Paper No. 161-17
Presentation Time: 9:00 AM-1:00 PM
INFERRING PLEISTOCENE WIND PATTERNS FROM EOLIAN LANDFORMS IN THE PAMPEAN SAND SEA, CENTRAL ARGENTINA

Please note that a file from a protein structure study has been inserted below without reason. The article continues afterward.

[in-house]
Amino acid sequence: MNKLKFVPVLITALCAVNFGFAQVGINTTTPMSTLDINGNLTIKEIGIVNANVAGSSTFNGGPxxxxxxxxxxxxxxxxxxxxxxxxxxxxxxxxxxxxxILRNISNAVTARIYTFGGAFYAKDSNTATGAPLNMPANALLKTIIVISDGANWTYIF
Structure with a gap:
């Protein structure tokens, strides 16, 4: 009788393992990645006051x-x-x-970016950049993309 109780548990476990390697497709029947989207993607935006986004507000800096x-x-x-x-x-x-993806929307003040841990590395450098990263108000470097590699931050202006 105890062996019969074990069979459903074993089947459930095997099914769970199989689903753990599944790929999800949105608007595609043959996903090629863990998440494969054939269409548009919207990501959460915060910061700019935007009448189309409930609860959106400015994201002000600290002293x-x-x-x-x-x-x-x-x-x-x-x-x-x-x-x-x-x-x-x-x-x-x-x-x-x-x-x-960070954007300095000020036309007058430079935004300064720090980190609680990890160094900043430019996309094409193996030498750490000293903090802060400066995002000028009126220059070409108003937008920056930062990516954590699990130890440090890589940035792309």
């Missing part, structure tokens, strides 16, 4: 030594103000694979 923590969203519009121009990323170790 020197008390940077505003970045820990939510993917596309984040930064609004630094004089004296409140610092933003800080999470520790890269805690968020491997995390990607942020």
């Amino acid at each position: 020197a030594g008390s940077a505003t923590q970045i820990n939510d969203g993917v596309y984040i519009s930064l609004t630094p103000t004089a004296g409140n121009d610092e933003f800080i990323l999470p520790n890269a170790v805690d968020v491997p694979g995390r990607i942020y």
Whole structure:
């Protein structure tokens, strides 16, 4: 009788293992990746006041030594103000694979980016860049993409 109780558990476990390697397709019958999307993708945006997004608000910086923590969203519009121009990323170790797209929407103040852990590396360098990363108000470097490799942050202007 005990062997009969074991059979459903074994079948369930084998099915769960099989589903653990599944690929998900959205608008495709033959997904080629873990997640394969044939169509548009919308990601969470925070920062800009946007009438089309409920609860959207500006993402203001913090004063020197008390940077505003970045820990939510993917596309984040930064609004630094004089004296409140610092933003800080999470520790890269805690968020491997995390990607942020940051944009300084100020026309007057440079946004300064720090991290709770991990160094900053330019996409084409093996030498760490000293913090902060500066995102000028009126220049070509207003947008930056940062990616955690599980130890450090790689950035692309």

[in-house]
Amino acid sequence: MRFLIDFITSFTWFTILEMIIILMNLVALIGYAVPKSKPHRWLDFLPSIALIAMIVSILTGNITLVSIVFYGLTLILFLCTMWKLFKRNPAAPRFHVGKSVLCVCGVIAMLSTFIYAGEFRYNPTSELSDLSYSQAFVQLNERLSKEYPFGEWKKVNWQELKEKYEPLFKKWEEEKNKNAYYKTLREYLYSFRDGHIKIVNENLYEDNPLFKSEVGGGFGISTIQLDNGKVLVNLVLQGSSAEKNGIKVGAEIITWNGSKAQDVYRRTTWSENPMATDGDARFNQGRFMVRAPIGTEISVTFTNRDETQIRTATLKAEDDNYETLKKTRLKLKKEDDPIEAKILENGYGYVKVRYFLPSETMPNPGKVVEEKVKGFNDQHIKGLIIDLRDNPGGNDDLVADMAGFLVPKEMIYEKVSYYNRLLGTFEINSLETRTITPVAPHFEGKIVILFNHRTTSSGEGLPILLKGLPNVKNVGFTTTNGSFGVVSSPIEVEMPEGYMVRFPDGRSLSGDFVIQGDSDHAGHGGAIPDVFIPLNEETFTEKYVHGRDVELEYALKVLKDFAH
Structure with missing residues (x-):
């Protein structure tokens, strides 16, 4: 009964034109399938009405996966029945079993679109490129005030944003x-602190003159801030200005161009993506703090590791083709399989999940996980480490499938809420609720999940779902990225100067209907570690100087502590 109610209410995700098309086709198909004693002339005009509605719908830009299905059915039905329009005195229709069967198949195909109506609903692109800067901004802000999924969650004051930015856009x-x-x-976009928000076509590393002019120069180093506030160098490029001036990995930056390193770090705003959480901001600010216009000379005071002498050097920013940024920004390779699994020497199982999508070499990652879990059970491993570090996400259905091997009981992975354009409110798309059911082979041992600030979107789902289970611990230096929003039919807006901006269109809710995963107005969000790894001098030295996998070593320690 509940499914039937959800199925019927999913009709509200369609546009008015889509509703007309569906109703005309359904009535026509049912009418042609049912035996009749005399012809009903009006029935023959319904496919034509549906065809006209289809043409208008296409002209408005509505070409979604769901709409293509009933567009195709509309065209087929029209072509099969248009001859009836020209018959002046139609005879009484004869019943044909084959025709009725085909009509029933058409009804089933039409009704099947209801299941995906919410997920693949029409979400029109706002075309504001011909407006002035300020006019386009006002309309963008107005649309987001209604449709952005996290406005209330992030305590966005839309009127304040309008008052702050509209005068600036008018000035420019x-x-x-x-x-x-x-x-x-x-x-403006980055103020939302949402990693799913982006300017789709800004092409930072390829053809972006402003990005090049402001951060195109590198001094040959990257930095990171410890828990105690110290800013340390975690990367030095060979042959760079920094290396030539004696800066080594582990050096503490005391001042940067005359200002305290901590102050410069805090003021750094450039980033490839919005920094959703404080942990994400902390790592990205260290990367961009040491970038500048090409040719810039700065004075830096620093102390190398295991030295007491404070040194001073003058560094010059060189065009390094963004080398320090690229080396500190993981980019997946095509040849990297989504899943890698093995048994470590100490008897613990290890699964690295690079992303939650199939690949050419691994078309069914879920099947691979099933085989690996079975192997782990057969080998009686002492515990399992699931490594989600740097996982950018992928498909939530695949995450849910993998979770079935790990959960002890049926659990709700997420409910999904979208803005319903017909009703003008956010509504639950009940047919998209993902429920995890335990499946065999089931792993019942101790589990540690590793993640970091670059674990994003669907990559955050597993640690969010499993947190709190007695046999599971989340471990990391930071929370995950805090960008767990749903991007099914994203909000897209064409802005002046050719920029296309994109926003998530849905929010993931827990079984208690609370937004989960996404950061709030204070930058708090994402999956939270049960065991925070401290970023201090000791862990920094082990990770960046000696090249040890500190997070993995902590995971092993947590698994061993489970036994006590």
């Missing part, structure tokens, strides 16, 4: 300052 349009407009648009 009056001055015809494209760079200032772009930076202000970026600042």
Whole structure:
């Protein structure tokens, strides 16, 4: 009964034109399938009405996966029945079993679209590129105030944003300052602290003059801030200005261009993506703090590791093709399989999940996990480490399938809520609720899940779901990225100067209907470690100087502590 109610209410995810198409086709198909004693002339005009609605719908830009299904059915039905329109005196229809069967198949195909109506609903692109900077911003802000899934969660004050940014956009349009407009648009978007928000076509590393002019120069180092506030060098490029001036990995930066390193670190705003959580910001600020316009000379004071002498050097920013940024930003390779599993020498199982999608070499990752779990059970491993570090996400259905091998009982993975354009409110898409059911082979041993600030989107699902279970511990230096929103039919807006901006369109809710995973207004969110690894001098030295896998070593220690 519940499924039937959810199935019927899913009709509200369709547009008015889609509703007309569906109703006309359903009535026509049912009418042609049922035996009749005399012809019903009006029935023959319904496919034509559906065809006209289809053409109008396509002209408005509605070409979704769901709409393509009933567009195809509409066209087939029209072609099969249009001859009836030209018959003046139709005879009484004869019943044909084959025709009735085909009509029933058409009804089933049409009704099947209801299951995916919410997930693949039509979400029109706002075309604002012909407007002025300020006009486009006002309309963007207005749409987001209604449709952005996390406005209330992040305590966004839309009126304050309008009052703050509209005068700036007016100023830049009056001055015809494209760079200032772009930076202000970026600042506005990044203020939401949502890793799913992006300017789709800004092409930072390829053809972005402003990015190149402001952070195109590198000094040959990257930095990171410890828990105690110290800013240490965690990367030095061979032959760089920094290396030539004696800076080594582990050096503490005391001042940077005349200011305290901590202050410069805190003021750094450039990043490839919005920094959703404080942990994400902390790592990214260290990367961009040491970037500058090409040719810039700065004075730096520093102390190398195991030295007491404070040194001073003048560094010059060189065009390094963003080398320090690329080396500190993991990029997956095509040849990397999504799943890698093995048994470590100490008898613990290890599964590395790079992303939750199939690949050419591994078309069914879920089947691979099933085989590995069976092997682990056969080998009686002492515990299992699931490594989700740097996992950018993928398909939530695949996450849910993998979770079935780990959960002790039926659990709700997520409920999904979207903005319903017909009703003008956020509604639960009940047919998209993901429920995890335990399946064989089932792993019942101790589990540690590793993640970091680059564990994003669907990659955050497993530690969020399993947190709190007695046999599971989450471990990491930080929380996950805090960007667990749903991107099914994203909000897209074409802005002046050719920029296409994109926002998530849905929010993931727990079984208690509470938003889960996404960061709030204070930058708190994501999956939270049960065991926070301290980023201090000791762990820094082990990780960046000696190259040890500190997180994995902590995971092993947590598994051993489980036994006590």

The Pampean Sand Sea of central Argentina represents the largest accumulation of eolian sediment in South America. Preserved Pleistocene landforms provide a unique record of wind directions and climatic conditions in southern South America during past glacial periods. We used digital elevation models and satellite imagery of central Argentina to measure the orientation of >1000 eolian landforms in order to reconstruct past wind patterns. Whereas the modern climate of central Argentina is dominated by northeasterly winds, eolian features in the Pampean Sand Sea indicate markedly different conditions during the past. Pleistocene deposits in the Pampean Sand Sea record an anti-clockwise wind pattern that was centered over central Argentina. As a result, much of the area experienced westerly and southwesterly winds. Eolian landforms vary across central Argentina, with parabolic dunes and blow-out features occupying the western and southern portion of the Pampa Sand Sea, and linear dunes and blow-out features occupying the eastern portion. These data suggest that much of the eolian sediment in the Pampean Sand Sea was derived from floodplain deposits of surrounding river systems like the Colorado and Desaguadero rivers. These data can be used to inform atmospheric and climate models that examine how regional wind patterns responded to past glacial episodes.